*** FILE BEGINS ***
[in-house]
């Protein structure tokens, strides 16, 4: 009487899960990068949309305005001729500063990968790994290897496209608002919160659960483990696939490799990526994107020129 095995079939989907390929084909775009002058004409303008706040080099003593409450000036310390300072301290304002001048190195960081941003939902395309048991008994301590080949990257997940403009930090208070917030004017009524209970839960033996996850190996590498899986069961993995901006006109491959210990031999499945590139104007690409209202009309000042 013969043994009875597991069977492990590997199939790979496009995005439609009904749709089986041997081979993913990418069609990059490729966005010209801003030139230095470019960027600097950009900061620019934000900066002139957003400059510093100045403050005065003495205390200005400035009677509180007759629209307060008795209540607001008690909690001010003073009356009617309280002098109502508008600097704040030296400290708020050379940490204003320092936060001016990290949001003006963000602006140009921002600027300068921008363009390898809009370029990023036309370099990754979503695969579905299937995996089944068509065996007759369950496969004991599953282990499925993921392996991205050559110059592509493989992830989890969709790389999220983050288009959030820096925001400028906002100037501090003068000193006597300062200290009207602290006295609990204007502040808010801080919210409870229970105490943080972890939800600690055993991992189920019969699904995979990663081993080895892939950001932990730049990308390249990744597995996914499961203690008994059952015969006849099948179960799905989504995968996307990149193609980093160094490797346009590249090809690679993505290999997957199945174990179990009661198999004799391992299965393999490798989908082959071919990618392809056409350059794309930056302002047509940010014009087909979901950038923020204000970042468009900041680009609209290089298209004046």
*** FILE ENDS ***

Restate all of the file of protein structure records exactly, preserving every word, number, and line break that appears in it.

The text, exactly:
[in-house]
């Protein structure tokens, strides 16, 4: 009487899960990068949309305005001729500063990968790994290897496209608002919160659960483990696939490799990526994107020129 095995079939989907390929084909775009002058004409303008706040080099003593409450000036310390300072301290304002001048190195960081941003939902395309048991008994301590080949990257997940403009930090208070917030004017009524209970839960033996996850190996590498899986069961993995901006006109491959210990031999499945590139104007690409209202009309000042 013969043994009875597991069977492990590997199939790979496009995005439609009904749709089986041997081979993913990418069609990059490729966005010209801003030139230095470019960027600097950009900061620019934000900066002139957003400059510093100045403050005065003495205390200005400035009677509180007759629209307060008795209540607001008690909690001010003073009356009617309280002098109502508008600097704040030296400290708020050379940490204003320092936060001016990290949001003006963000602006140009921002600027300068921008363009390898809009370029990023036309370099990754979503695969579905299937995996089944068509065996007759369950496969004991599953282990499925993921392996991205050559110059592509493989992830989890969709790389999220983050288009959030820096925001400028906002100037501090003068000193006597300062200290009207602290006295609990204007502040808010801080919210409870229970105490943080972890939800600690055993991992189920019969699904995979990663081993080895892939950001932990730049990308390249990744597995996914499961203690008994059952015969006849099948179960799905989504995968996307990149193609980093160094490797346009590249090809690679993505290999997957199945174990179990009661198999004799391992299965393999490798989908082959071919990618392809056409350059794309930056302002047509940010014009087909979901950038923020204000970042468009900041680009609209290089298209004046």